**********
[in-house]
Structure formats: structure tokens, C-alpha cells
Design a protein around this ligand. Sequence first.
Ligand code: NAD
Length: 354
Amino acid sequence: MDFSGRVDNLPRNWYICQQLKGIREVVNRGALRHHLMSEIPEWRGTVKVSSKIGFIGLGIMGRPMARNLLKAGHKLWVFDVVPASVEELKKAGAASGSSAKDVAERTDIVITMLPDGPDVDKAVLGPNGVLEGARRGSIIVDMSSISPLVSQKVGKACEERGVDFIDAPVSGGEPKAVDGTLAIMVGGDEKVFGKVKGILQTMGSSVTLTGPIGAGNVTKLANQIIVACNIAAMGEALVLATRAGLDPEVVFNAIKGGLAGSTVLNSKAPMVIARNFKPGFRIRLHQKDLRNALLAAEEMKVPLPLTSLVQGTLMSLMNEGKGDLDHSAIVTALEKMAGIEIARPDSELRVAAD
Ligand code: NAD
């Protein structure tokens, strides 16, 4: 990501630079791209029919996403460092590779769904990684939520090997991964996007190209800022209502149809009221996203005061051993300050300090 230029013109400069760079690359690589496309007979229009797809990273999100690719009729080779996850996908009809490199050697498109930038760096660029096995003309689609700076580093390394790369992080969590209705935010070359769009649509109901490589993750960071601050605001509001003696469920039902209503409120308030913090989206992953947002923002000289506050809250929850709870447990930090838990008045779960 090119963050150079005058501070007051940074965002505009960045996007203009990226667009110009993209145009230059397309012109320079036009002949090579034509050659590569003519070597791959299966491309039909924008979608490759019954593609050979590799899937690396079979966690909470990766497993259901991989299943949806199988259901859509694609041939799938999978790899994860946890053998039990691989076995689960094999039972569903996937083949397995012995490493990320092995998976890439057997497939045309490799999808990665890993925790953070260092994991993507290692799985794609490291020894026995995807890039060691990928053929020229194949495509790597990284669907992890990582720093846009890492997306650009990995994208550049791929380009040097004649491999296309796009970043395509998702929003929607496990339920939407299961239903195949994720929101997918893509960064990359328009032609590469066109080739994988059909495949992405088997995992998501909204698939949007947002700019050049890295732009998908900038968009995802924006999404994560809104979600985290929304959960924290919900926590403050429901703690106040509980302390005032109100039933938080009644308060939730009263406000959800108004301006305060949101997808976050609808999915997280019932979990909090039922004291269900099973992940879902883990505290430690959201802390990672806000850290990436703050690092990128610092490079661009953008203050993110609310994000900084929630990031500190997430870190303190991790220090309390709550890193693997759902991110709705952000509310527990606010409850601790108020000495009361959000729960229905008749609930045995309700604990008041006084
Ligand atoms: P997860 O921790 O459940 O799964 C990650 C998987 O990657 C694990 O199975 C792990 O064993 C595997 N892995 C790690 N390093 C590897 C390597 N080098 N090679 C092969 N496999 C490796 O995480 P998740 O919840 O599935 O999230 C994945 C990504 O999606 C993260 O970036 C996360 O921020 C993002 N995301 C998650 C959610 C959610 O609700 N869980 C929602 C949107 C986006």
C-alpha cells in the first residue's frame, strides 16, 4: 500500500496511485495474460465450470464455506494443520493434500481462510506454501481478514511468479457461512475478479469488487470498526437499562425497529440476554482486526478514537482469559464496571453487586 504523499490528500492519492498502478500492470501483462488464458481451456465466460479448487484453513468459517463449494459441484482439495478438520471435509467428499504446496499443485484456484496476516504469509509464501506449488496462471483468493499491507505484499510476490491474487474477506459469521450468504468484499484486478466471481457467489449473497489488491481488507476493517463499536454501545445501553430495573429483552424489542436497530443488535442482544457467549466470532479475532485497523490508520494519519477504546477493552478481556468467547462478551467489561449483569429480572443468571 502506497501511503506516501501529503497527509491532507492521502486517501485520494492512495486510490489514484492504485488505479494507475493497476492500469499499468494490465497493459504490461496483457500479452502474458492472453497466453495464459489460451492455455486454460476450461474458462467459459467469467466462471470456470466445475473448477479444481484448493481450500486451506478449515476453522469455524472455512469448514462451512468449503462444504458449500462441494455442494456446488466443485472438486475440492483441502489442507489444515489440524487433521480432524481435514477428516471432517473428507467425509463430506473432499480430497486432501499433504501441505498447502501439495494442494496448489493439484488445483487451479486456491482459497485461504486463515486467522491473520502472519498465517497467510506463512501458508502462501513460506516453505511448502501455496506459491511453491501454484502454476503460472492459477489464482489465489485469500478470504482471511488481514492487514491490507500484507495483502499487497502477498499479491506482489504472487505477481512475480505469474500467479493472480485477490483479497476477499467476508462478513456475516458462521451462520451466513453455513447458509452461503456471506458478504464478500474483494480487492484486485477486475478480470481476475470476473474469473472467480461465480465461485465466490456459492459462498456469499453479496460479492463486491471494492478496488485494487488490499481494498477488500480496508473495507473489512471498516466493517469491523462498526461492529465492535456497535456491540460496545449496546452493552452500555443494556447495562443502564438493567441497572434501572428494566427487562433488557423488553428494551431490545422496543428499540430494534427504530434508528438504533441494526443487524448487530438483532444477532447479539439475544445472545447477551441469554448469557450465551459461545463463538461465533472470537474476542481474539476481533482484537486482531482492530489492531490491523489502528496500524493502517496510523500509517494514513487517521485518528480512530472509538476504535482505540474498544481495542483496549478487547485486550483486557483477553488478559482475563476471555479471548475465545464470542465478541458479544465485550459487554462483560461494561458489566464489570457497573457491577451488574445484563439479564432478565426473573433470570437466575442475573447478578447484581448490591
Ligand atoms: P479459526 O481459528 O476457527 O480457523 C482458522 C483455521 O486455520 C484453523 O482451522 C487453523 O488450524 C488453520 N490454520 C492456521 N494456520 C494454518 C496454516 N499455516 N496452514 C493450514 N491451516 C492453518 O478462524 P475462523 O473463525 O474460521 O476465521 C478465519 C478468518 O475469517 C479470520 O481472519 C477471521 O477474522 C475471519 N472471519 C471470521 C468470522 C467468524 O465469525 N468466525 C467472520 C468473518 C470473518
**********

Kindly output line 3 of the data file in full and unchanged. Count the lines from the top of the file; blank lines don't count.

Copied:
Design a protein around this ligand. Sequence first.